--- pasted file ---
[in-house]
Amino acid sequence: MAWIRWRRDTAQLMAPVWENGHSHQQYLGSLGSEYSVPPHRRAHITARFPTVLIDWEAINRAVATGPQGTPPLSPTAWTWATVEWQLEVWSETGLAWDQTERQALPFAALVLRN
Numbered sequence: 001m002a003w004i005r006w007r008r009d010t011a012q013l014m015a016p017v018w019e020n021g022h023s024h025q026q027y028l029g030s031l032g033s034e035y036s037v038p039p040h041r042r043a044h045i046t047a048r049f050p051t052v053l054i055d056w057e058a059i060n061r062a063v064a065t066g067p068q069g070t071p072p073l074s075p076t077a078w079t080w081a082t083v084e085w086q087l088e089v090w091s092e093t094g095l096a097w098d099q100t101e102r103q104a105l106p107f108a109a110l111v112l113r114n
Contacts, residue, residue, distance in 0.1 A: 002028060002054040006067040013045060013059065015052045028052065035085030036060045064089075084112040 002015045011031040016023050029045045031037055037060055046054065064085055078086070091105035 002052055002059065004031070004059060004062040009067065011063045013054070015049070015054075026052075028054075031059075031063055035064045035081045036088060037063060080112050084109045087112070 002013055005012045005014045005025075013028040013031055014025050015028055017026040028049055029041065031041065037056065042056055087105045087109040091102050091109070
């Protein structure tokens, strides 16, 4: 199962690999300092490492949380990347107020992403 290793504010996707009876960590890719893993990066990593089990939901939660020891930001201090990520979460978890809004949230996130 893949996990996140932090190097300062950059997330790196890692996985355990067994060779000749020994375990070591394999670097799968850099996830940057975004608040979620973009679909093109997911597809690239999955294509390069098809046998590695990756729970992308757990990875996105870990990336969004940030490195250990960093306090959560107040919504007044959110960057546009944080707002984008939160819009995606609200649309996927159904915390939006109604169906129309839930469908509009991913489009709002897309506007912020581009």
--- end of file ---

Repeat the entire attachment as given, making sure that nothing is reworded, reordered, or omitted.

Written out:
[in-house]
Amino acid sequence: MAWIRWRRDTAQLMAPVWENGHSHQQYLGSLGSEYSVPPHRRAHITARFPTVLIDWEAINRAVATGPQGTPPLSPTAWTWATVEWQLEVWSETGLAWDQTERQALPFAALVLRN
Numbered sequence: 001m002a003w004i005r006w007r008r009d010t011a012q013l014m015a016p017v018w019e020n021g022h023s024h025q026q027y028l029g030s031l032g033s034e035y036s037v038p039p040h041r042r043a044h045i046t047a048r049f050p051t052v053l054i055d056w057e058a059i060n061r062a063v064a065t066g067p068q069g070t071p072p073l074s075p076t077a078w079t080w081a082t083v084e085w086q087l088e089v090w091s092e093t094g095l096a097w098d099q100t101e102r103q104a105l106p107f108a109a110l111v112l113r114n
Contacts, residue, residue, distance in 0.1 A: 002028060002054040006067040013045060013059065015052045028052065035085030036060045064089075084112040 002015045011031040016023050029045045031037055037060055046054065064085055078086070091105035 002052055002059065004031070004059060004062040009067065011063045013054070015049070015054075026052075028054075031059075031063055035064045035081045036088060037063060080112050084109045087112070 002013055005012045005014045005025075013028040013031055014025050015028055017026040028049055029041065031041065037056065042056055087105045087109040091102050091109070
């Protein structure tokens, strides 16, 4: 199962690999300092490492949380990347107020992403 290793504010996707009876960590890719893993990066990593089990939901939660020891930001201090990520979460978890809004949230996130 893949996990996140932090190097300062950059997330790196890692996985355990067994060779000749020994375990070591394999670097799968850099996830940057975004608040979620973009679909093109997911597809690239999955294509390069098809046998590695990756729970992308757990990875996105870990990336969004940030490195250990960093306090959560107040919504007044959110960057546009944080707002984008939160819009995606609200649309996927159904915390939006109604169906129309839930469908509009991913489009709002897309506007912020581009």